Fence to be erected between housing project and Kitimat homeowners

Residents of the Cranberry Street area are finally getting the fence they want

Rising demand for police to perform well-being checks and field calls for people struggling with domestic violence cases is driving the city to formulate a ‘situation table’ to connect vulnerable people with the services they need. (News Bulletin file photo)
Situation Table comes to Kitimat to support vulnerable people

Situation Tables identify and help vulnerable people in need.

The property on which a residential school (pictured) that was torn down years ago in Lower Post is to be the location of a cultural centre. (Indian Residential School History and Dialogue Centre photo)
Lower Post residential school building to be demolished, replaced with cultural centre

Project to be funded by federal and provincial governments, Daylu Dena Council

Vancouver resident Beryl Pye was witness to a “concerning,” spontaneous dance party that spread throughout social groups at Kitsilano Beach on April 16. (Screen grab/Beryl Pye)
VIDEO: Dance party erupts at Vancouver’s Kitsilano Beach to the dismay of onlookers

‘It was a complete disregard for current COVID-19 public health orders,’ says Vancouver resident Beryl Pye

Pall Bearers carrying the coffin of the Duke of Edinburgh, followed by the Prince of Wales, left and Princess Anne, right, into St George’s Chapel for his funeral, at Windsor Castle, in Windsor, England, Saturday April 17, 2021. (Danny Lawson/Pool via AP)
Trudeau announces $200K donation to Duke of Edinburgh award as Prince Philip laid to rest

A tribute to the late prince’s ‘remarkable life and his selfless service,’ the Prime Minister said Saturday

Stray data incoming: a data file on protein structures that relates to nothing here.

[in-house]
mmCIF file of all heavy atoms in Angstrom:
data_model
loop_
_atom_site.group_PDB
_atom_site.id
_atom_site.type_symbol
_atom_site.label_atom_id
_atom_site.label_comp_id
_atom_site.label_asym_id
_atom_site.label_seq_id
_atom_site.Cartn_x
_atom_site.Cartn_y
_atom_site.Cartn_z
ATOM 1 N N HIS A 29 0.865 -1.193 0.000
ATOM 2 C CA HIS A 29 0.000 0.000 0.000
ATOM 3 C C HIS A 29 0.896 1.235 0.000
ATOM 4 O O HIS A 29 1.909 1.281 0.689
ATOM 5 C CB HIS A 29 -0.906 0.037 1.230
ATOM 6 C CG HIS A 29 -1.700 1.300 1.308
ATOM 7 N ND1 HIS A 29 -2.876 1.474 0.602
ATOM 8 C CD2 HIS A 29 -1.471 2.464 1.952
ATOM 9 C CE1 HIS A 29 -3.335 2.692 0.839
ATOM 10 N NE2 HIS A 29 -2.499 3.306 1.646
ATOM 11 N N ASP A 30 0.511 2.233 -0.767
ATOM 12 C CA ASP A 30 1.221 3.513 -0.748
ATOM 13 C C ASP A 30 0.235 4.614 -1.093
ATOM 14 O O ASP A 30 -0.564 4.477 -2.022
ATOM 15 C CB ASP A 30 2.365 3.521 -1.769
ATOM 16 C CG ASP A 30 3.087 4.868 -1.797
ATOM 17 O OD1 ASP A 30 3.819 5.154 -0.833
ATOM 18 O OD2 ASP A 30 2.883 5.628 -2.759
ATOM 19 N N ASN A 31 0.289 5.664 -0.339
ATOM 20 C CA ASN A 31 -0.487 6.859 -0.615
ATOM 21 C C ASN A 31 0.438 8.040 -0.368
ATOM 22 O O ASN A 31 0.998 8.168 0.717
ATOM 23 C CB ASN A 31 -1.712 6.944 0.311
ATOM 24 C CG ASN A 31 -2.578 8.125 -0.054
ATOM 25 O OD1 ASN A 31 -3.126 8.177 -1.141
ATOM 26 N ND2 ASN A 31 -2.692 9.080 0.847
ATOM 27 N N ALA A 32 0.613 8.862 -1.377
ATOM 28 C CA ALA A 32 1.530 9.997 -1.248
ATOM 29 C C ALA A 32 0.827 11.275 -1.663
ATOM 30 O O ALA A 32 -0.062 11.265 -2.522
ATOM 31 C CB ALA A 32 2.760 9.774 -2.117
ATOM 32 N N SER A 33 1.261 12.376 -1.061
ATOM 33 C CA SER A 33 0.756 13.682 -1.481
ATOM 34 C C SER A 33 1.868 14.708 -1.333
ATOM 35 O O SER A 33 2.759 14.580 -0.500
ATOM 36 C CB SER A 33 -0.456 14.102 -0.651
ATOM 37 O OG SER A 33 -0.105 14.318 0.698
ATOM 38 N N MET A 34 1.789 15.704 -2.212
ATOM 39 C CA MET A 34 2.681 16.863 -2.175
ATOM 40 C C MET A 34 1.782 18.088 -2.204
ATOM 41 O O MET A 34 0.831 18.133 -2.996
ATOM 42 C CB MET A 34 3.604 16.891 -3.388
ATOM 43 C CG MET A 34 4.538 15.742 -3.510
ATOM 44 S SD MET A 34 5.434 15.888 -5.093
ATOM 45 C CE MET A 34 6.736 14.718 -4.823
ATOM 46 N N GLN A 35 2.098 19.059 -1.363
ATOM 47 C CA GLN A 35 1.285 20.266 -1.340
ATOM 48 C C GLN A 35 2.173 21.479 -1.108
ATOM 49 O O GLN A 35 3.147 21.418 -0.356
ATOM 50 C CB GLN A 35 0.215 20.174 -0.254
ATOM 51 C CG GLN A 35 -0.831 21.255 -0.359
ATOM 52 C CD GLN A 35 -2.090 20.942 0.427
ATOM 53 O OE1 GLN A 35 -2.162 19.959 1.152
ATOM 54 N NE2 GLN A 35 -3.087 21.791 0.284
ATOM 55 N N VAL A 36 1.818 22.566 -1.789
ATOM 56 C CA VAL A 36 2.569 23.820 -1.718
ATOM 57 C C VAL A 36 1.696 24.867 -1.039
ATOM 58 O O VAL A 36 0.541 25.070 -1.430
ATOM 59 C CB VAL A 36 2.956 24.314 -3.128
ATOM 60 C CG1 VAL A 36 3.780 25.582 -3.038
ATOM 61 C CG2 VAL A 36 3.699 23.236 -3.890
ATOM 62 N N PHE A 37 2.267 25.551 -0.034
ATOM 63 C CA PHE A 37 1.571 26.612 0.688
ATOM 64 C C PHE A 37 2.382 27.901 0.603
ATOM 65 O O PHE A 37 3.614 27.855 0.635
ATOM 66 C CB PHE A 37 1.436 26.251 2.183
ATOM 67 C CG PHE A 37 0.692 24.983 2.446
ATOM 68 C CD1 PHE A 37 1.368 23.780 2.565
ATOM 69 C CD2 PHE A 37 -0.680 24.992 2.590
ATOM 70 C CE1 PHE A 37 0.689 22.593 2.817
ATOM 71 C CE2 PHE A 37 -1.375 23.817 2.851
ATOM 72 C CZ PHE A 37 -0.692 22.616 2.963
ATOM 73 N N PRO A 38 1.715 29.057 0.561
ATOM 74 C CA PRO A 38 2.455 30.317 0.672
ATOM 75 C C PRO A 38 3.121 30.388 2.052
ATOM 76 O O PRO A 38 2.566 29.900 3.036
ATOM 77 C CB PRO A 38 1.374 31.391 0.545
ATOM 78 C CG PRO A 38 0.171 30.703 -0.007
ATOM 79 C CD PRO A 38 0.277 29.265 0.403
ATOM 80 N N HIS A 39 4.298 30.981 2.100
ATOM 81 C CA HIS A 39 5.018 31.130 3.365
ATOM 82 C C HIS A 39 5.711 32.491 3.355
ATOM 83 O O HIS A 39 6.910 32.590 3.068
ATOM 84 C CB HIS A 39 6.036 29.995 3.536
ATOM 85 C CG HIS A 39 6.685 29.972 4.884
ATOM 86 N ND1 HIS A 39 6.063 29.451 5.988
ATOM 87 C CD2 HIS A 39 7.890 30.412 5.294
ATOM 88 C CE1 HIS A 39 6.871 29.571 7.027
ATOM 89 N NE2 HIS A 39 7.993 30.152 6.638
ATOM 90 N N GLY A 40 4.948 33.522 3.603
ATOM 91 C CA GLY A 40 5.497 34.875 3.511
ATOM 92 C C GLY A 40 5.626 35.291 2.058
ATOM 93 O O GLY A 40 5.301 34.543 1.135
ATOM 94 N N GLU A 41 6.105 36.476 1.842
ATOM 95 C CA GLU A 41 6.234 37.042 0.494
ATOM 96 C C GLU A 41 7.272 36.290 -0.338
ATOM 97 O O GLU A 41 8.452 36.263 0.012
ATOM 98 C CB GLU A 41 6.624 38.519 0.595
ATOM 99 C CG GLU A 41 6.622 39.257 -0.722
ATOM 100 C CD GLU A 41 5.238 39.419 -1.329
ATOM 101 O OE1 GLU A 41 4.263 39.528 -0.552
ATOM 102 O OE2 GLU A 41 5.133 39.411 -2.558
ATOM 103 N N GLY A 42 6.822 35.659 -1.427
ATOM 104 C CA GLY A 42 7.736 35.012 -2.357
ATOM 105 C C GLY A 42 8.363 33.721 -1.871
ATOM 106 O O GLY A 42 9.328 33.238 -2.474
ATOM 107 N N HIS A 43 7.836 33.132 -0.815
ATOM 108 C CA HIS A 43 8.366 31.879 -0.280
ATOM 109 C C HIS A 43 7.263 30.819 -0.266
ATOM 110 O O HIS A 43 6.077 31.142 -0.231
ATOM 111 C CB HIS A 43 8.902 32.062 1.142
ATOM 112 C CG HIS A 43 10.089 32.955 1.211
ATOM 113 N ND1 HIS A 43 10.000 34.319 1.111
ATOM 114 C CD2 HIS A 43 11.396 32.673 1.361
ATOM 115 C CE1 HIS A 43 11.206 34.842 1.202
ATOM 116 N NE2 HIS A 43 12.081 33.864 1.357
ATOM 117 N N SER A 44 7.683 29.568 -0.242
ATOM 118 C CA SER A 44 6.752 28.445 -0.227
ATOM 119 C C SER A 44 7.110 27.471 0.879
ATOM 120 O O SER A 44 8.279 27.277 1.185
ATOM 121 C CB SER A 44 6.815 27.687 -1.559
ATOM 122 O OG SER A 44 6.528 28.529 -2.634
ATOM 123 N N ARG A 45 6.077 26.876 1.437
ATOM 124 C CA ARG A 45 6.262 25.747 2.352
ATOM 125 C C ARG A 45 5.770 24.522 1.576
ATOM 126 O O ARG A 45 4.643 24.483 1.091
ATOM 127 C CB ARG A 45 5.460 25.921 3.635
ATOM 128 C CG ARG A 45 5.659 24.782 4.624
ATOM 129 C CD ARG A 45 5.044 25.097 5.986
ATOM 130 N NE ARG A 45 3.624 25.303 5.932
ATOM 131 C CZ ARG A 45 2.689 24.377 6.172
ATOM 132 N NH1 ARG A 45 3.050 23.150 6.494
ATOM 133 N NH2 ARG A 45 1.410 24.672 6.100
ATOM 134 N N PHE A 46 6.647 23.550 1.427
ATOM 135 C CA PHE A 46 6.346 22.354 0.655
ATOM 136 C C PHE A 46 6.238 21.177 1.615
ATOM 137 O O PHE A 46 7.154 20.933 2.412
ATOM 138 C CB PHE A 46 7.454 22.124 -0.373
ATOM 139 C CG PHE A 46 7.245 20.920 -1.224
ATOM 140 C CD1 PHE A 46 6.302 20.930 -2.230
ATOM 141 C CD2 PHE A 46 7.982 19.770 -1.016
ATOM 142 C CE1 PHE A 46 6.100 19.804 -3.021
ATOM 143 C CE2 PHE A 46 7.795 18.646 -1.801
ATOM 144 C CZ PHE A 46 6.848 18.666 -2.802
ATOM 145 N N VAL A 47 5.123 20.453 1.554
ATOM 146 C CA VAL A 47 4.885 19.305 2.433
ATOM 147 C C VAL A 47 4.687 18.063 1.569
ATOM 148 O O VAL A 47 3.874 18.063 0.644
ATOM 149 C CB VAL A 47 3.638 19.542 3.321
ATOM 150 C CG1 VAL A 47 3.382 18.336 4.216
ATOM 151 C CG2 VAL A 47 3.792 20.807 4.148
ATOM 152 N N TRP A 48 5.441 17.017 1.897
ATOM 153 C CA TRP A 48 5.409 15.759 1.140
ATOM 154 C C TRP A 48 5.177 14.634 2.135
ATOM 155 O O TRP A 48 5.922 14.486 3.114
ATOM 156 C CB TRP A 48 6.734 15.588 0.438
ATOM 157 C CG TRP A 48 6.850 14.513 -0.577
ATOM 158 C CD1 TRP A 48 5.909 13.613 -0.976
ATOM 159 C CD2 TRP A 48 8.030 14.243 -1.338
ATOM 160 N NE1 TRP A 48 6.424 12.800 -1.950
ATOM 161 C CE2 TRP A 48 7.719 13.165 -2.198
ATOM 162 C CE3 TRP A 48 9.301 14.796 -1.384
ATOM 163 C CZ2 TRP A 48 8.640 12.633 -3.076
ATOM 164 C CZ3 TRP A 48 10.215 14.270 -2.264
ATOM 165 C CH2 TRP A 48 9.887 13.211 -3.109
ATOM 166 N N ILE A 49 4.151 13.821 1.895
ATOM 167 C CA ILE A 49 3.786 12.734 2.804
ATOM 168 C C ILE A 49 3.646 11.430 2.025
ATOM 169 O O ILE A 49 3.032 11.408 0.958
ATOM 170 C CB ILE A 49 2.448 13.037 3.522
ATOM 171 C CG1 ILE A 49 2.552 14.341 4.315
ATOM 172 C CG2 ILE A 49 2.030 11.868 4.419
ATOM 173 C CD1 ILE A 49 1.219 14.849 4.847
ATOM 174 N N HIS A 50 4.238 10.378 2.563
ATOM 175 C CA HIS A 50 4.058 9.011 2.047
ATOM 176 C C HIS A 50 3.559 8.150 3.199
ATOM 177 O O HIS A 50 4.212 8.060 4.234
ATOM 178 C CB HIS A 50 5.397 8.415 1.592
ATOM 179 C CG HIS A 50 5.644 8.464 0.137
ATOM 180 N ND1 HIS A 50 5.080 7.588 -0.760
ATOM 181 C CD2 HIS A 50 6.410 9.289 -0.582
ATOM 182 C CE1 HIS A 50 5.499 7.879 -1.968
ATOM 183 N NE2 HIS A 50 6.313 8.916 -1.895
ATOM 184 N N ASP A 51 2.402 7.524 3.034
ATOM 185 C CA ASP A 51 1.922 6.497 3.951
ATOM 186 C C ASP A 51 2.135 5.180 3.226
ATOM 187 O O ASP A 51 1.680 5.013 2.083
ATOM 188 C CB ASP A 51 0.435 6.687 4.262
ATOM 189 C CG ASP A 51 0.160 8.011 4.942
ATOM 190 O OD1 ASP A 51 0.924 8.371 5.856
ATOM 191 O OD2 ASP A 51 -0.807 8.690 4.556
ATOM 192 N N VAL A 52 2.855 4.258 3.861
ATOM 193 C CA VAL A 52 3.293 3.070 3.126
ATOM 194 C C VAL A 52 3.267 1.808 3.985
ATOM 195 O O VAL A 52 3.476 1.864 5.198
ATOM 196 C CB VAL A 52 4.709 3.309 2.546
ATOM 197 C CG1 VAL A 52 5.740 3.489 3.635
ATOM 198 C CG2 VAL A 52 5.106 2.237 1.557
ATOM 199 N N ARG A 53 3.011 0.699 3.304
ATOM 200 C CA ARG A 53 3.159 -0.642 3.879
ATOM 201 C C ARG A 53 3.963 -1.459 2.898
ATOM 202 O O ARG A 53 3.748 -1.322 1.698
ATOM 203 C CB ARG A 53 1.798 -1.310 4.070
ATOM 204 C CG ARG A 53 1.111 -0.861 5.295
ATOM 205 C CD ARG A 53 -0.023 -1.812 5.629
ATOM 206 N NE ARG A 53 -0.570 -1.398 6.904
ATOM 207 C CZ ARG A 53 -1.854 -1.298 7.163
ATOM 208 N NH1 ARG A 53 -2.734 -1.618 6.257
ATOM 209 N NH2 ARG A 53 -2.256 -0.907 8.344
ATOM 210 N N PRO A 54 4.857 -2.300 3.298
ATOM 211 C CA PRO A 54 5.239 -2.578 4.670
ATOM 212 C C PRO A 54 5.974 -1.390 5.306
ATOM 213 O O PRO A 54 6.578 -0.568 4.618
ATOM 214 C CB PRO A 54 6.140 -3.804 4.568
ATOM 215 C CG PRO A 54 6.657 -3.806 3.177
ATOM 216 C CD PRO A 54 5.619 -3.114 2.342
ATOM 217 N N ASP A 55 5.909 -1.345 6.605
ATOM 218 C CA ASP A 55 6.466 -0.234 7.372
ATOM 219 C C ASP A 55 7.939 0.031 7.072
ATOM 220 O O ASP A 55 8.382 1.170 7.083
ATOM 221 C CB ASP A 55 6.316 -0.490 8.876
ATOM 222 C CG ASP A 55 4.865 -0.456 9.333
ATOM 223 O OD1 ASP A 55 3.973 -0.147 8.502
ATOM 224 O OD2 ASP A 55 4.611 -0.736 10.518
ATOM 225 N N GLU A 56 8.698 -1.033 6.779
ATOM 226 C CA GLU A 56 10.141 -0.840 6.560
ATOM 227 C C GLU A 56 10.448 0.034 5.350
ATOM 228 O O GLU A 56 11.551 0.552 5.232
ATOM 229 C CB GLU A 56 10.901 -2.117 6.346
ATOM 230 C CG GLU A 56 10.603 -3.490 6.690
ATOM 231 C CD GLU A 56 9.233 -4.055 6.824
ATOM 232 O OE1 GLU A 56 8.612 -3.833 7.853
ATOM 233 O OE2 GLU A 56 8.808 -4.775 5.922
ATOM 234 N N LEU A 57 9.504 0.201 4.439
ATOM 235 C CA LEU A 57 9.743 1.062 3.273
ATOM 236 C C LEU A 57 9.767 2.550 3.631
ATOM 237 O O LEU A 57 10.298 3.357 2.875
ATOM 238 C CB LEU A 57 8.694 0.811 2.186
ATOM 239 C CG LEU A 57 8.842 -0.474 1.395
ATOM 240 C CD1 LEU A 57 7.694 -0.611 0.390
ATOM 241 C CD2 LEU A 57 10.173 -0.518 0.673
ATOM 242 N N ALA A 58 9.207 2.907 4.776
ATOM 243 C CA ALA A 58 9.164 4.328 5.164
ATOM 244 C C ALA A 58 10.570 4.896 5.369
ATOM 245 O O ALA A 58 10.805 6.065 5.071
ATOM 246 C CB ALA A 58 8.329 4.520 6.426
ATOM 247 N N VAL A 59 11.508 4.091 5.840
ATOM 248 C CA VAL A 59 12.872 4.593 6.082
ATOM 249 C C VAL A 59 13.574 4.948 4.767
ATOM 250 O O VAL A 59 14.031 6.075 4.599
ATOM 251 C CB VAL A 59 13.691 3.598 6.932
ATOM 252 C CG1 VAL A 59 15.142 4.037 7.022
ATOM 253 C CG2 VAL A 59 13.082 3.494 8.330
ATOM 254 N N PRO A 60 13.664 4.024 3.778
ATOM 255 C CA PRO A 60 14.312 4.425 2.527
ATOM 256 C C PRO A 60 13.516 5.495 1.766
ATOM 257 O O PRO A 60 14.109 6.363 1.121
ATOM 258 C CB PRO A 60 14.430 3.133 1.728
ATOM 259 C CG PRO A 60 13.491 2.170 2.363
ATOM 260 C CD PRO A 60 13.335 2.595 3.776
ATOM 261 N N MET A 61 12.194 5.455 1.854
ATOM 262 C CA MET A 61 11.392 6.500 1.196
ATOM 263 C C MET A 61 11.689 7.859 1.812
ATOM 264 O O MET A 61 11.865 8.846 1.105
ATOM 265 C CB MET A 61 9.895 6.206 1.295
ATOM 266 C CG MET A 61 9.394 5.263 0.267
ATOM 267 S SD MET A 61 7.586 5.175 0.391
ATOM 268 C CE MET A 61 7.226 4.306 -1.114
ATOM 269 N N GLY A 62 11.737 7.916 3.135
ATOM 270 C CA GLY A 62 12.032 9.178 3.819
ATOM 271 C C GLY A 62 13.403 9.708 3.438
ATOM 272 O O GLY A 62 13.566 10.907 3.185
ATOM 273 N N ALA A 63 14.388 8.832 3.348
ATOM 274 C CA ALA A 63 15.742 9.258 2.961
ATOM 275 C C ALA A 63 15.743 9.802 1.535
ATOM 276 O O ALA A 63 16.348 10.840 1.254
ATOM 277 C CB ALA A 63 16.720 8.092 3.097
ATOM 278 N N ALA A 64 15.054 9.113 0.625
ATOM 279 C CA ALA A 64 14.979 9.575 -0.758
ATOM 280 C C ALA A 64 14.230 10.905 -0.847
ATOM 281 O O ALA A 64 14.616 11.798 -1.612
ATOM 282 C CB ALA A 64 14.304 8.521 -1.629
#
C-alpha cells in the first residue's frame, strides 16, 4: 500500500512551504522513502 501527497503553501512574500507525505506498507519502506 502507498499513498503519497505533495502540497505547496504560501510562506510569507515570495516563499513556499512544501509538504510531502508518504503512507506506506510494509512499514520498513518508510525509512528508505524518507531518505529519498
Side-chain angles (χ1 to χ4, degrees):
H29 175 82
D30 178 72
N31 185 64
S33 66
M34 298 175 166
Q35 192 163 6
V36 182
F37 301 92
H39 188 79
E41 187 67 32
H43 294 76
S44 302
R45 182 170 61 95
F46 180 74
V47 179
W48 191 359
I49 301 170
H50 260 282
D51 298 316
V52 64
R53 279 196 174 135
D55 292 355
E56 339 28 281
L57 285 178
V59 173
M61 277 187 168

B.C. homeowners are being urged to take steps to prepare for the possibility of a flood by moving equipment and other assets to higher ground. (J.R. Rardon)
‘Entire province faces risk’: B.C. citizens urged to prepare for above-average spring flooding

Larger-than-normal melting snowpack poses a threat to the province as warmer weather touches down

Vancouver-based Doubleview Gold Corp. is developing claims in an area north of Telegraph Creek that occupies an important place in Tahltan oral histories, said Chad Norman Day, president of the Tahltan Central Government. (THE CANADIAN PRESS/HO)
B.C. Indigenous nation opposes mineral exploration in culturally sensitive area

There’s “no way” the Tahltan would ever support a mine there, says Chad Norman Day, president of its central government

Stz’uminus Elder George Harris, Ladysmith Mayor Aaron Stone, and Stz’uminus Chief Roxanne Harris opened the ceremony. (Cole Schisler photo)
Symbolic red dresses rehung along B.C. highway after vandals tore them down

Leaders from Stz’uminus First Nation and the Town of Ladysmith hung new dresses on Sat. April 17

A Western toadlet crosses the centre line of Elk View Road in Chilliwack on Aug. 26, 2010. A tunnel underneath the road has since been installed to help them migrate cross the road. Saturday, April 24 is Save the Frogs Day. (Jenna Hauck/ Progress File)
Unofficial holidays: Here’s what people are celebrating for the week of April 18 to 24

Save the Frogs Day, Love Your Thighs Day and Scream Day are all coming up this week

Local carpenter Tyler Bohn embarked on a quest to create the East Sooke Treehouse, after seeing people build similar structures on a Discovery Channel show. (East Sooke Treehouse Facebook photo)
PHOTOS: B.C. carpenter builds fort inspired by TV’s ‘Treehouse Masters’

The whimsical structure features a wooden walking path, a loft, kitchen – and is now listed on Airbnb

The Attorney General’s Ministry says certain disputes may now be resolved through either a tribunal or the court system, pending its appeal of a B.C. Supreme Court decision that reduced the tribunal’s jurisdiction. (AP Photo/Mark J. Terrill)
Court of Appeal grants partial stay in ruling on B.C. auto injuries

B.C. trial lawyers challenged legislation brought in to cap minor injury awards and move smaller court disputes to the Civil Resolution Tribunal

An Extinction Rebellion Vancouver Island (XRVI) climate change event in 2019 saw a large crowd occupy the Johnson Street bridge. Black Press File Photo
‘In grief for our dying world’: B.C. climate activists embark on 4-day protest

Demonstrators will walk through Vancouver for the first two days before boarding a ferry Sunday morning

Most Read